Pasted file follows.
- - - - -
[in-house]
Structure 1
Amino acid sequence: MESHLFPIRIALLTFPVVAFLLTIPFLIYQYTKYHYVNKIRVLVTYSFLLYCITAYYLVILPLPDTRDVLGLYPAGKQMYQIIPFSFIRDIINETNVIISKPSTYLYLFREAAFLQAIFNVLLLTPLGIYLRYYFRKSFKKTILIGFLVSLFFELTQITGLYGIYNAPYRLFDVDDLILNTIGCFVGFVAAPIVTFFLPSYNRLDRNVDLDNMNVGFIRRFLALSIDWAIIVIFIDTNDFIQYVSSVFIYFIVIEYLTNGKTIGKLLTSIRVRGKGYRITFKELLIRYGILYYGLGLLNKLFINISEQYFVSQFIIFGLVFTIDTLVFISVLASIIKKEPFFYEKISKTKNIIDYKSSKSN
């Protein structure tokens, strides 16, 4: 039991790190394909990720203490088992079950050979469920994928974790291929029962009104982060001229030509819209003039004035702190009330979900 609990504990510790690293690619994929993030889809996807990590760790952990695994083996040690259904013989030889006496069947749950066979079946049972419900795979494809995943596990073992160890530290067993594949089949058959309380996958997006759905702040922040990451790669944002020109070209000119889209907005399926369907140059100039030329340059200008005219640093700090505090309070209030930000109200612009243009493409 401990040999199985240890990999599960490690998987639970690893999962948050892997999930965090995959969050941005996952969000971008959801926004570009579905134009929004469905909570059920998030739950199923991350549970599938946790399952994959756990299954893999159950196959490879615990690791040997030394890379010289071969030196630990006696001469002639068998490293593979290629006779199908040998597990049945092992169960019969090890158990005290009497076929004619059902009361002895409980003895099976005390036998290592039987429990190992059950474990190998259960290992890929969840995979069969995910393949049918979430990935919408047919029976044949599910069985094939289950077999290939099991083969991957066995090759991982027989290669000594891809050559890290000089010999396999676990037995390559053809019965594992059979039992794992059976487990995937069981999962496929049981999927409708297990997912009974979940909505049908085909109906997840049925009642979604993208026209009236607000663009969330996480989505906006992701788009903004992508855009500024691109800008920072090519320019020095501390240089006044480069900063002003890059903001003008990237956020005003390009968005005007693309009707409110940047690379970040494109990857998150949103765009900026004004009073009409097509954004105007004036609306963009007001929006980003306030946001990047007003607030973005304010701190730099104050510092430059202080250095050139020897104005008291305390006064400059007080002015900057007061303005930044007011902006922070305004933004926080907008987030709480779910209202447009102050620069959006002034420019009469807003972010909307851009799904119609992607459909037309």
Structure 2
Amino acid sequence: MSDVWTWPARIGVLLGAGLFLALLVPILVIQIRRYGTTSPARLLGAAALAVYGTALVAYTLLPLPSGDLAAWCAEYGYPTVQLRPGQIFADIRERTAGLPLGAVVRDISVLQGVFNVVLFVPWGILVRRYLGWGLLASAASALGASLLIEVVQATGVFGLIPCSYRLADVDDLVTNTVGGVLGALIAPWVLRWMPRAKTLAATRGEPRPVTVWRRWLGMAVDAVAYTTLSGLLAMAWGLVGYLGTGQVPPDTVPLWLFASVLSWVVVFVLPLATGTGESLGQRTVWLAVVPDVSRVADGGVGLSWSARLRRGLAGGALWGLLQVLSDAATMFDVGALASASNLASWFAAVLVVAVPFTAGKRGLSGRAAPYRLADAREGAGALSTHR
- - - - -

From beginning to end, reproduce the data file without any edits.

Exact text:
[in-house]
Structure 1
Amino acid sequence: MESHLFPIRIALLTFPVVAFLLTIPFLIYQYTKYHYVNKIRVLVTYSFLLYCITAYYLVILPLPDTRDVLGLYPAGKQMYQIIPFSFIRDIINETNVIISKPSTYLYLFREAAFLQAIFNVLLLTPLGIYLRYYFRKSFKKTILIGFLVSLFFELTQITGLYGIYNAPYRLFDVDDLILNTIGCFVGFVAAPIVTFFLPSYNRLDRNVDLDNMNVGFIRRFLALSIDWAIIVIFIDTNDFIQYVSSVFIYFIVIEYLTNGKTIGKLLTSIRVRGKGYRITFKELLIRYGILYYGLGLLNKLFINISEQYFVSQFIIFGLVFTIDTLVFISVLASIIKKEPFFYEKISKTKNIIDYKSSKSN
């Protein structure tokens, strides 16, 4: 039991790190394909990720203490088992079950050979469920994928974790291929029962009104982060001229030509819209003039004035702190009330979900 609990504990510790690293690619994929993030889809996807990590760790952990695994083996040690259904013989030889006496069947749950066979079946049972419900795979494809995943596990073992160890530290067993594949089949058959309380996958997006759905702040922040990451790669944002020109070209000119889209907005399926369907140059100039030329340059200008005219640093700090505090309070209030930000109200612009243009493409 401990040999199985240890990999599960490690998987639970690893999962948050892997999930965090995959969050941005996952969000971008959801926004570009579905134009929004469905909570059920998030739950199923991350549970599938946790399952994959756990299954893999159950196959490879615990690791040997030394890379010289071969030196630990006696001469002639068998490293593979290629006779199908040998597990049945092992169960019969090890158990005290009497076929004619059902009361002895409980003895099976005390036998290592039987429990190992059950474990190998259960290992890929969840995979069969995910393949049918979430990935919408047919029976044949599910069985094939289950077999290939099991083969991957066995090759991982027989290669000594891809050559890290000089010999396999676990037995390559053809019965594992059979039992794992059976487990995937069981999962496929049981999927409708297990997912009974979940909505049908085909109906997840049925009642979604993208026209009236607000663009969330996480989505906006992701788009903004992508855009500024691109800008920072090519320019020095501390240089006044480069900063002003890059903001003008990237956020005003390009968005005007693309009707409110940047690379970040494109990857998150949103765009900026004004009073009409097509954004105007004036609306963009007001929006980003306030946001990047007003607030973005304010701190730099104050510092430059202080250095050139020897104005008291305390006064400059007080002015900057007061303005930044007011902006922070305004933004926080907008987030709480779910209202447009102050620069959006002034420019009469807003972010909307851009799904119609992607459909037309």
Structure 2
Amino acid sequence: MSDVWTWPARIGVLLGAGLFLALLVPILVIQIRRYGTTSPARLLGAAALAVYGTALVAYTLLPLPSGDLAAWCAEYGYPTVQLRPGQIFADIRERTAGLPLGAVVRDISVLQGVFNVVLFVPWGILVRRYLGWGLLASAASALGASLLIEVVQATGVFGLIPCSYRLADVDDLVTNTVGGVLGALIAPWVLRWMPRAKTLAATRGEPRPVTVWRRWLGMAVDAVAYTTLSGLLAMAWGLVGYLGTGQVPPDTVPLWLFASVLSWVVVFVLPLATGTGESLGQRTVWLAVVPDVSRVADGGVGLSWSARLRRGLAGGALWGLLQVLSDAATMFDVGALASASNLASWFAAVLVVAVPFTAGKRGLSGRAAPYRLADAREGAGALSTHR